Notes/Voice Memos: These apps are a great resource at any grade level. They come standard on an iPad and they’re FREE! A few of the ideas we have are geared more for the older grades, but could be modified for the younger grades as well.
GarageBand: Give students the ability to be creative with music.
Inspired by Mike Randolph
Have you ever gone to a conference or a training session and had one of those “aha” moments like we yearn to see in our students? Well, this summer we had the opportunity to present at the Innovative Schools Summit conference in Las Vegas. Now, the experience of presenting at Ceasar’s Palace...wow. Absolutely amazing, but that could be a whole other blog post for another day. In addition to getting the opportunity to speak, we also go to attend the remaining keynotes and breakout sessions. One session that we attended completely blew our minds and has helped shape how we are approaching our year in our classrooms and in our business.
The session we attended was “180 Days of Joy - How to Use Social Media to Change the Narrative of a Title 1 School School”. It sounded interesting, and since we use social media quite a bit we decided to check it out. What we heard, saw, and learned was so inspiring. Mike Randolph, a principal in Florida, spoke on how he transformed his school by using social media. He began what is known as 180 Days of Joy. Now, if you follow our social media outlets, this may sound familiar to you! He spoke on how he used social media to change the culture of his school and ultimately his community. Everyday of the school year, something positive was shared about the staff and/or students in that school building. He gave testimony on how the power of positivity created radical change for his community, school, and students. Something so simple but yet so powerful… a positive word.
As we listened, we immediately began to think of how we could take this idea and bring it back to our building (we are an elementary school), our classrooms, and our business. We, too, wanted to create a culture in our classrooms that promotes positivity, even on the hard days. We wanted to use this platform in our business to encourage other educators and build a community with a positive outlook. So we took this idea and ran with it!
Now, if you know us, we tend to jump into things head first. We want to dive in and explore all that we can. The more we do so, the more we find that helps our students become successful lifelong learners. So, dive in we did. We began our 180 days without knowing exactly what would happen or how our students would respond, but we are here to say it has been pretty amazing.
At the end of every day, we have a daily debriefing. We discuss how our day went, what went well, what didn’t go well, and we end on what brought us joy that day. As a teacher, it always amazes me to hear what students say. They never say what you expect and it makes your heart want to explode. Joy for them comes in the story that you read to them that day, seeing their friends after a weekend away, the hug you have them in the morning, learning from you, visiting the STEM lab, and so much more.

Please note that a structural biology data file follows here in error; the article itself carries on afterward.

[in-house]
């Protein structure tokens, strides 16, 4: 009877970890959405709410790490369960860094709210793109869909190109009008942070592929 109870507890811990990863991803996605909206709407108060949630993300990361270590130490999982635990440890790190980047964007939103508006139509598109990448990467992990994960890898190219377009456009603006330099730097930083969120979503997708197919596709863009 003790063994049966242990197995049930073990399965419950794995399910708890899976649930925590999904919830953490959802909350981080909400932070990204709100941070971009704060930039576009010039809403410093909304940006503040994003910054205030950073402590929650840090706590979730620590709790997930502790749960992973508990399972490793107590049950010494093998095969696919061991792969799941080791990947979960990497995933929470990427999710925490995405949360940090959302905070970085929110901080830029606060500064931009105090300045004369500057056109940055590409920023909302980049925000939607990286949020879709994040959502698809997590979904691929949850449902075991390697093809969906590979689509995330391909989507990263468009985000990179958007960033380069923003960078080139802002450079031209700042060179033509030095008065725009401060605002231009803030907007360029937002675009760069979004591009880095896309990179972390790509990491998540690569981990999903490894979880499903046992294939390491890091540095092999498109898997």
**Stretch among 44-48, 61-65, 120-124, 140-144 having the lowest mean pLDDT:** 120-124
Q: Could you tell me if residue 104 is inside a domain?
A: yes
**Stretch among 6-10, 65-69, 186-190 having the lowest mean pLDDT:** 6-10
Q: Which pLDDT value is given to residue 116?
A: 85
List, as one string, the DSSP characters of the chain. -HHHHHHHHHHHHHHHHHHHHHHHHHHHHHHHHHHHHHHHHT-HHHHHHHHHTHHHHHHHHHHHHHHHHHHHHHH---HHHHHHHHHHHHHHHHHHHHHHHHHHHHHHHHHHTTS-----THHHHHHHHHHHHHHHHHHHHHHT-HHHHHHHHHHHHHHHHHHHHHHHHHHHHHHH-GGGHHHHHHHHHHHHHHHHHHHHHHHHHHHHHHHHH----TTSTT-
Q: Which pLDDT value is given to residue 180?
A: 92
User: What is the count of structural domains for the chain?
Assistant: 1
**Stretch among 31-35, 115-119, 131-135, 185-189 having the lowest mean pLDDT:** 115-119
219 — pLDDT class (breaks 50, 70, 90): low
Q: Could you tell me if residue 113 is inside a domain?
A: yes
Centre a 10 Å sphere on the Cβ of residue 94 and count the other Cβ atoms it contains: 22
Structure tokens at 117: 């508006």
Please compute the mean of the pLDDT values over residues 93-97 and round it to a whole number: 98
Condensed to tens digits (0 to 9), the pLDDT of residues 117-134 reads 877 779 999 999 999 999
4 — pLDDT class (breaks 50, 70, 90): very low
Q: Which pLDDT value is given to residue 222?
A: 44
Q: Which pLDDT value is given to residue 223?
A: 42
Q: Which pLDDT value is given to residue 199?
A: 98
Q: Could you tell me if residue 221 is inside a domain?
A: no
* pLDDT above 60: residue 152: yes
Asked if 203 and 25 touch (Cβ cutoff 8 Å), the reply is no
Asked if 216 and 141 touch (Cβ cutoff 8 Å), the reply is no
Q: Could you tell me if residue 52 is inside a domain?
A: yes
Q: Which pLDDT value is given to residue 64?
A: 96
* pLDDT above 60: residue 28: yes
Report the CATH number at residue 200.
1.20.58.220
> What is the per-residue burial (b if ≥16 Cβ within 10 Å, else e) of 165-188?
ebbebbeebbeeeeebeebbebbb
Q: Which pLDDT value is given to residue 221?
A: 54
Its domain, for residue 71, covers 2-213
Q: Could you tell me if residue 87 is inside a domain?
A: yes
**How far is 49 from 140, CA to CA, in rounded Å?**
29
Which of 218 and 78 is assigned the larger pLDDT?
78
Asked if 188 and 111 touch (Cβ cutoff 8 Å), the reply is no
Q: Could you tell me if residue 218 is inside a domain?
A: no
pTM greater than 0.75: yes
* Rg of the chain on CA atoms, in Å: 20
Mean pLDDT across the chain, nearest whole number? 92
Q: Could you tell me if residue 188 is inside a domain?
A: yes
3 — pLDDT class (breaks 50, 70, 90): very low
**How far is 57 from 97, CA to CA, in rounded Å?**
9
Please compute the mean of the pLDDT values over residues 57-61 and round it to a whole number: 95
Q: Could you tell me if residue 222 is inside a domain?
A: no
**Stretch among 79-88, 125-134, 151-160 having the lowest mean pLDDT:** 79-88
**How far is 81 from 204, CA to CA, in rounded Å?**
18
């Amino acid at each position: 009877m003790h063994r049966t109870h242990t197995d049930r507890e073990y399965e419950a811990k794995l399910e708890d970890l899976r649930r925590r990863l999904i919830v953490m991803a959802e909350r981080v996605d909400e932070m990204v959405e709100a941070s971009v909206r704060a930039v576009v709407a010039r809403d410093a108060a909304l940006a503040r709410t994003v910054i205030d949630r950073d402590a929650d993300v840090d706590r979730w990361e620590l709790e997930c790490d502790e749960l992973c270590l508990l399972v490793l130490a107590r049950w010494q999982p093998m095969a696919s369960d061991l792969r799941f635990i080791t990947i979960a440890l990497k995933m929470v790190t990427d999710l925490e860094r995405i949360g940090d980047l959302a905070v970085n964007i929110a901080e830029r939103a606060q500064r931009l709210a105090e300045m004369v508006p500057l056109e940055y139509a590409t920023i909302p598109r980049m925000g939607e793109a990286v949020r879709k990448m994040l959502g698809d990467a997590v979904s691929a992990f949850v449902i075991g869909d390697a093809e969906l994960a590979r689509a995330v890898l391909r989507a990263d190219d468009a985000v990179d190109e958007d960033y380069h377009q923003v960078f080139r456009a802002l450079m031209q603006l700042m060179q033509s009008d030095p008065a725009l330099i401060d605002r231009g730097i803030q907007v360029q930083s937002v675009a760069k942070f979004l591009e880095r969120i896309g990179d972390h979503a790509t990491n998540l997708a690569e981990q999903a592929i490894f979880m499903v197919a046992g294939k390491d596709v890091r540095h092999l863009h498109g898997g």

If you are wanting a way to strengthen the culture and community in your classroom or school building, we encourage you to find joy. Even if you do it for yourself in your planner or journal everyday, find joy. Teaching is a difficult job and there are hard days, more than we’d like to admit. The 180 Days of Joy won’t take all those hard days away, but it will lessen the sting. Let the small moments of joy help keep you and your students focused on the good. Let the moments of joy propel you into a year of impact and gratitude.
*Below is a picture of our 180 Days of Joy wall. We created this wall so that our students and students in our building could see what is bringing us joy everyday. We want the joy to spread! What better way to spread the word than by hanging it for all to see!
*We have also created a private Facebook group for our parents and post our daily joy in that group as well!
*Make this fit you and your style. Below are some examples of what we post on our parent Facebook page. It quick, simple, and straight from our kiddos! (this is also a great way to keep your families informed on classroom happenings)
Ready or not….here we go!
Can you believe that it is already August and we are back in school!? Now, don’t get us wrong, we are excited for our new group of students and what we’re going to be doing this year, it just felt as though summer flew by!
As we are in the throes of the back to school season, we thought we would jot some of our thoughts, ideas, and activities that surround the topic of “Back to School”!
We also have a vlog (video blog) that corresponds with this post as well, so be sure to go check that out!
Ideas to Build Classroom a Strong Classroom Community
2. 'Me' Bag: Students bring 4-5 small items from home to share with the class.
Great options on TPT if your looking for something pre-made.
3. Investigate the Teacher: Place 5-8 items around the room. Have students find the items and predict what those items mean (favorite food, hobby, etc.) You could also put all of your items in a bag and pull out one item at a time to investigate. This will also have students start to use their background knowledge and inferring skills!
4.Writing People: Students create a poster size head/t-shirt of themselves. They are asked to take them home and put pictures on their person to help give them ideas of what to write about in the classroom. When the writing people come back to the classroom students share about the photos they put on their person. These “people” are also a great way to encourage family involvement, class discussion, and student connections. These are posted in the classroom year round and help make the classroom feel a little more like home for the students.
This lesson was adapted from Of Primary Importance: What's Essential in Teaching Young Writers Book by Ann Marie Corgill
5. Classmate Scavenger Hunt: Create a 3x3 grid (or more for older students/bigger classes). In each box place a different sentence. For example in the grids could be, “Went to the pool this summer” or “Traveled to a different state”. Students go around finding classmates that meet those categories. A great activity to get students moving and for students to get to know one another!
6. All About Me: Students create a book, hard copy or digital, or collage about themselves. Then do an author’s share circle.